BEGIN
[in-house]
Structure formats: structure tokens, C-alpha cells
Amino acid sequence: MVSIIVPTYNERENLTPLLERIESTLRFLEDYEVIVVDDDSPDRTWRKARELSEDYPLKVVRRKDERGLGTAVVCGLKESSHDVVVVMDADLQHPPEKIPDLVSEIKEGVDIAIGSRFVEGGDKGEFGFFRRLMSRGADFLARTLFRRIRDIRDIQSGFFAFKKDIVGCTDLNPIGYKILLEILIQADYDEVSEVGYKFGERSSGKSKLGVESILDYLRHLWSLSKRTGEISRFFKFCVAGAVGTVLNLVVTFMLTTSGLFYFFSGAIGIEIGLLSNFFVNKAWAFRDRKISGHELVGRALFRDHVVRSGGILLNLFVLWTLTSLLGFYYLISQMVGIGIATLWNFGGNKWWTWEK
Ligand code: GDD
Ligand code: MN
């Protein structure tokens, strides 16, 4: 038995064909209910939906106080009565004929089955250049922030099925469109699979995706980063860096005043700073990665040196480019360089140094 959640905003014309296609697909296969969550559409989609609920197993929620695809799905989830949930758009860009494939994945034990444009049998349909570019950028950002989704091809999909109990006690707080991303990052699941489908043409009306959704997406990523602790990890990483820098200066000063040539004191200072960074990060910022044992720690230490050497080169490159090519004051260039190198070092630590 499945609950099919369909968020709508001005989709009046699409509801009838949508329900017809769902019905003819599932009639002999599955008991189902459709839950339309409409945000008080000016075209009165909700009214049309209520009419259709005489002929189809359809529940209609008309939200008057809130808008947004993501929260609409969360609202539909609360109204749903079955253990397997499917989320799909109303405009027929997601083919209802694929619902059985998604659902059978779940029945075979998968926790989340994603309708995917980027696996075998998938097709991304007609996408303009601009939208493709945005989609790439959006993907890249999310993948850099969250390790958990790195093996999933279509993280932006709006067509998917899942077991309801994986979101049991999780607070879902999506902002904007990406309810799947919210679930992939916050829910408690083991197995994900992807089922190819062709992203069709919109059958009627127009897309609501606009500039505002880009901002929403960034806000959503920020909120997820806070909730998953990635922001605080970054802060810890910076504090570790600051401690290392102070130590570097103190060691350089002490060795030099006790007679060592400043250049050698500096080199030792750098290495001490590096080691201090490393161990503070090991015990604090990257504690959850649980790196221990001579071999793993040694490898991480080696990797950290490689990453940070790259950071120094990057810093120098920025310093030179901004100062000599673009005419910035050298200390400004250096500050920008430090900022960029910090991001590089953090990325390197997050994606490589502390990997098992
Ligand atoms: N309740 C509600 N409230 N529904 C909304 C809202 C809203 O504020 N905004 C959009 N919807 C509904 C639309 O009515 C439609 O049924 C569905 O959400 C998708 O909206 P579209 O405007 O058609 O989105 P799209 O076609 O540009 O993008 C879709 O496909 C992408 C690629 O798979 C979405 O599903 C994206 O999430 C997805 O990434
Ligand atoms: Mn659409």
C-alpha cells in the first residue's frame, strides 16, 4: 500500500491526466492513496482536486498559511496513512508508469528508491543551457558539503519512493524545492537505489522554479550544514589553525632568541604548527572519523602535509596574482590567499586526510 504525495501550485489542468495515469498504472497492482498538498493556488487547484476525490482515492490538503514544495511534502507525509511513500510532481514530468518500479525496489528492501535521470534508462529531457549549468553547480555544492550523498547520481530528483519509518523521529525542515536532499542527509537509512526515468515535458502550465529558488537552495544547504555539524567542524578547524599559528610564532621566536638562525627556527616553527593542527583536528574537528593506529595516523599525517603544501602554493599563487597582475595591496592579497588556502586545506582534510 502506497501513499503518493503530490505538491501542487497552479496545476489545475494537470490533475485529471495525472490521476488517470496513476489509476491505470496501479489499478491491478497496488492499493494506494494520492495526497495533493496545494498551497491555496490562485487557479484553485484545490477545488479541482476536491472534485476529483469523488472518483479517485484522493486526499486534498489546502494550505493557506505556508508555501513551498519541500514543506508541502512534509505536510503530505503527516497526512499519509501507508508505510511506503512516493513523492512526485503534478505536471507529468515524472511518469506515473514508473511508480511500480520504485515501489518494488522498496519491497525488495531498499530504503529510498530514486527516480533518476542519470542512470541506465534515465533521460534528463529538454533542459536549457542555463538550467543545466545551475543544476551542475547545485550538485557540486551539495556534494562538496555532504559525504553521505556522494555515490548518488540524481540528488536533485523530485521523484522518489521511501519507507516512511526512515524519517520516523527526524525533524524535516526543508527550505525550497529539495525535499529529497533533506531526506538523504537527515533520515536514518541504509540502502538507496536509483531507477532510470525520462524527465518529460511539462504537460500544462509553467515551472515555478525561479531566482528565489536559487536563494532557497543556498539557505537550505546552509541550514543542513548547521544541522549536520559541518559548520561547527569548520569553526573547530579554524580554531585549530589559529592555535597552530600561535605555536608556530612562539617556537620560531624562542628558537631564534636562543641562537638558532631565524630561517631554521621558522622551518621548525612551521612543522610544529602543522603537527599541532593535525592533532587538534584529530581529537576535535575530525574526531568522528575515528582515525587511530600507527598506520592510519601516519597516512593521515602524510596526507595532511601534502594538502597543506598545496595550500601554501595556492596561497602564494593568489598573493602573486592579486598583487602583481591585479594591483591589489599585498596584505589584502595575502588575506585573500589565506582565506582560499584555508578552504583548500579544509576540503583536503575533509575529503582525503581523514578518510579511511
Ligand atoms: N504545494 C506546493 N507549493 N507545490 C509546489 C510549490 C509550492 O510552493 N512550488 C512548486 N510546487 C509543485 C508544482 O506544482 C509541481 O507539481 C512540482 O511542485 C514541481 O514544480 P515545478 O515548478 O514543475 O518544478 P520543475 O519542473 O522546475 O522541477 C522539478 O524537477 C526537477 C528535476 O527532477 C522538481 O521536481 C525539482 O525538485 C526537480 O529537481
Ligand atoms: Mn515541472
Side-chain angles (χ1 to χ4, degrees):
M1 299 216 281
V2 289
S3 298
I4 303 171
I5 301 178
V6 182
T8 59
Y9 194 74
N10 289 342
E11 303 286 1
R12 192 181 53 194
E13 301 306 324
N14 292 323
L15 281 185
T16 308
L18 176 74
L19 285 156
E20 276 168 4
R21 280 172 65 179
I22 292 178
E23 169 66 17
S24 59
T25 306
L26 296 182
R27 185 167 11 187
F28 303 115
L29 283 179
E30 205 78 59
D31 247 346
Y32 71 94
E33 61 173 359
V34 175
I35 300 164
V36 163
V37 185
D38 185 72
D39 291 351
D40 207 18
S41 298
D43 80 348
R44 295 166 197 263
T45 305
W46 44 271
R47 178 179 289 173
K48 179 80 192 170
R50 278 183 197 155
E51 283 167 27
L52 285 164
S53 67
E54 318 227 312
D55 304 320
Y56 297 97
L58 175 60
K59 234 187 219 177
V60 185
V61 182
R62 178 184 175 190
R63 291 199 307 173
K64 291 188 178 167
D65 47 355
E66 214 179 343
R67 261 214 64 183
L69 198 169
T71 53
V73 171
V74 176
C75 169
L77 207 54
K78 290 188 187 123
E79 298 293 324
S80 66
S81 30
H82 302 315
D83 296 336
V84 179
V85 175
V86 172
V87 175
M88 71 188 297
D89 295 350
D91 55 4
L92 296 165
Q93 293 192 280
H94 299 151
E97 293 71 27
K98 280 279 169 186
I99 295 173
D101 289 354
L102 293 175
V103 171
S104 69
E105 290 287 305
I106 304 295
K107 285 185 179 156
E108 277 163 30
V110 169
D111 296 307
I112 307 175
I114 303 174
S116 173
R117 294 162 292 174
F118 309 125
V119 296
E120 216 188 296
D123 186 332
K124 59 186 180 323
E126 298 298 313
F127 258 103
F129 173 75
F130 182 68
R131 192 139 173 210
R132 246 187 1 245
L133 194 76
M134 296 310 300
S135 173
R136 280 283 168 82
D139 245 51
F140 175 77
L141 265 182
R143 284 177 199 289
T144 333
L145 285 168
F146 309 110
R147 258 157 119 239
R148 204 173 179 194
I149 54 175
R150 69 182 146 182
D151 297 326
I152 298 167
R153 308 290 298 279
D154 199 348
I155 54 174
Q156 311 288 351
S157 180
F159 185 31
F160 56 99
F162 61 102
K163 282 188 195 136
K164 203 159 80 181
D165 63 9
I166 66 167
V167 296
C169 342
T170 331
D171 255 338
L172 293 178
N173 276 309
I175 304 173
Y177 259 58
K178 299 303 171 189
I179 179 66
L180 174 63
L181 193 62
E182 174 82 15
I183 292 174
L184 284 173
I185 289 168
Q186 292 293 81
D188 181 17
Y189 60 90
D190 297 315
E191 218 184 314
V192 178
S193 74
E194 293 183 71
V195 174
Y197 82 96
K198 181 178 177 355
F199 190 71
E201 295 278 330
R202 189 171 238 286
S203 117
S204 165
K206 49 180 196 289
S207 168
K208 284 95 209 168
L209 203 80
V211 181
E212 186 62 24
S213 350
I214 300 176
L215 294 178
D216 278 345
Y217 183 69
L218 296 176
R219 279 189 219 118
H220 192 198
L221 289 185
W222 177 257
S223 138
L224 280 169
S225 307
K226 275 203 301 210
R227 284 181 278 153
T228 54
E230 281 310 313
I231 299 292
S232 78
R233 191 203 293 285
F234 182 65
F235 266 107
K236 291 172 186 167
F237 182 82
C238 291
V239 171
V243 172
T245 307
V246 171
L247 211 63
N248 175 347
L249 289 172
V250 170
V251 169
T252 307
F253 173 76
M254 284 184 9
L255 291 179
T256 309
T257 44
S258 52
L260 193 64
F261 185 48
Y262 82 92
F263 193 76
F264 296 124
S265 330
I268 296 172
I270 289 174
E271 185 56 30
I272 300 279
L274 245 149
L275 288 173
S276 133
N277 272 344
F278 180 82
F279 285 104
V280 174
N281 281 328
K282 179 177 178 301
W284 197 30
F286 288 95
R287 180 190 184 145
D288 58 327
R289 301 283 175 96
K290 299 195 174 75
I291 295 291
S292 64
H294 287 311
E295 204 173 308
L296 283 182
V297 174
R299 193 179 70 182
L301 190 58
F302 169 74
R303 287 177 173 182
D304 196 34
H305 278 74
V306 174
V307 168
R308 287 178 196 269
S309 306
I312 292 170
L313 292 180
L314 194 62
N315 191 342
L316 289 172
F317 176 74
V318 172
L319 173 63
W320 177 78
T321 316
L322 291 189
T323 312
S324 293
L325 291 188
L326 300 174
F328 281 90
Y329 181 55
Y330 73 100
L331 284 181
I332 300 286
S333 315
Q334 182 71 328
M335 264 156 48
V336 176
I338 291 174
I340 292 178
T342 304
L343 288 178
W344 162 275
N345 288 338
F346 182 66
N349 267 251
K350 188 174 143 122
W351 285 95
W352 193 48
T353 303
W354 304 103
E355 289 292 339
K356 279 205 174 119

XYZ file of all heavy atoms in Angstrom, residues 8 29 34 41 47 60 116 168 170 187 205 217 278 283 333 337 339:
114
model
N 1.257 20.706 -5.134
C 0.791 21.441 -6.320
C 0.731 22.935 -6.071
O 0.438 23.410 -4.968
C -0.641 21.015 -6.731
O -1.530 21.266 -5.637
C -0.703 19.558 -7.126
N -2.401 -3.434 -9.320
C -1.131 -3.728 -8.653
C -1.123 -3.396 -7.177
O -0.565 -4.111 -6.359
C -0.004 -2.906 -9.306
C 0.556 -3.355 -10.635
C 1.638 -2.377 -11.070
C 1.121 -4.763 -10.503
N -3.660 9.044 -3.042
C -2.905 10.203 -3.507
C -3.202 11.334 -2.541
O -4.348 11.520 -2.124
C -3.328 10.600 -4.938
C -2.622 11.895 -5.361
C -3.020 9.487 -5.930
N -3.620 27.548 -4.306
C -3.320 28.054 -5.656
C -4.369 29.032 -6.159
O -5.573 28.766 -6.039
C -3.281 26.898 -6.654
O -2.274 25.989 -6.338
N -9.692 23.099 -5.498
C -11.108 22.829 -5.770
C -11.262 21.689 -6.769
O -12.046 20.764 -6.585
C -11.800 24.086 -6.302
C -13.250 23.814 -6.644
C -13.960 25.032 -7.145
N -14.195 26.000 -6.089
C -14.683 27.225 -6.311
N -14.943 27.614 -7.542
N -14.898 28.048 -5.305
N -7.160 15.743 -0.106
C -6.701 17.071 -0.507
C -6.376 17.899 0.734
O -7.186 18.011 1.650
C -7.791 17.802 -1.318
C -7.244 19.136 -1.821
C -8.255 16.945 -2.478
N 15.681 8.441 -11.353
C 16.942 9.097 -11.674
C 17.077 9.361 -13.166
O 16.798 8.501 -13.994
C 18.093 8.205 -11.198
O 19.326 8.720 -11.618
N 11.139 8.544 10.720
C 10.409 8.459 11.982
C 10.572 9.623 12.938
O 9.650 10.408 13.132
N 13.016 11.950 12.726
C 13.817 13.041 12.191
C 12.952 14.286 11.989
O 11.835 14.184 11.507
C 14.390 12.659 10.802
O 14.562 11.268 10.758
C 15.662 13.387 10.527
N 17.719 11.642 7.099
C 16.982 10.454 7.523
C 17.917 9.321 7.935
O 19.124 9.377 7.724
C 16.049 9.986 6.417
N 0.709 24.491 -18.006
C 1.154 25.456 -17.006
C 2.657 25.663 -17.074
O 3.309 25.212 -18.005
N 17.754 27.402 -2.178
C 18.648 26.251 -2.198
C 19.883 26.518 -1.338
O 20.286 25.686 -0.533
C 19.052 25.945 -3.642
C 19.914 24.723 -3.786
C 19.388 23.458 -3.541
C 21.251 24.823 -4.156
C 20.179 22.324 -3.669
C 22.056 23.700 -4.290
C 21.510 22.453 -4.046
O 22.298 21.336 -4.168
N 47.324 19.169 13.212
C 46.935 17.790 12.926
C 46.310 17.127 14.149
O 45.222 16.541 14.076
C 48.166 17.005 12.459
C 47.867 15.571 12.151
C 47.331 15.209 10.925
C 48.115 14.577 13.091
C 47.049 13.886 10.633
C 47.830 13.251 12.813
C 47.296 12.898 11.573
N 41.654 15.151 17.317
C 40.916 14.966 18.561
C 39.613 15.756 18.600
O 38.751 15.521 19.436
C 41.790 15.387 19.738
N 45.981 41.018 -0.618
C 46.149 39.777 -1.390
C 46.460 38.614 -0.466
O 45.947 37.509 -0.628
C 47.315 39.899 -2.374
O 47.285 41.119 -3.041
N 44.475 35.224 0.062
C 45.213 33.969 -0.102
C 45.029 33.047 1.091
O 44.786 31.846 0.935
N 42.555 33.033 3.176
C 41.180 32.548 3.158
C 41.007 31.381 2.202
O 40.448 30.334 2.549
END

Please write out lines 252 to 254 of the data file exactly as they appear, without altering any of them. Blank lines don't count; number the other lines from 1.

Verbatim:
W284 197 30
F286 288 95
R287 180 190 184 145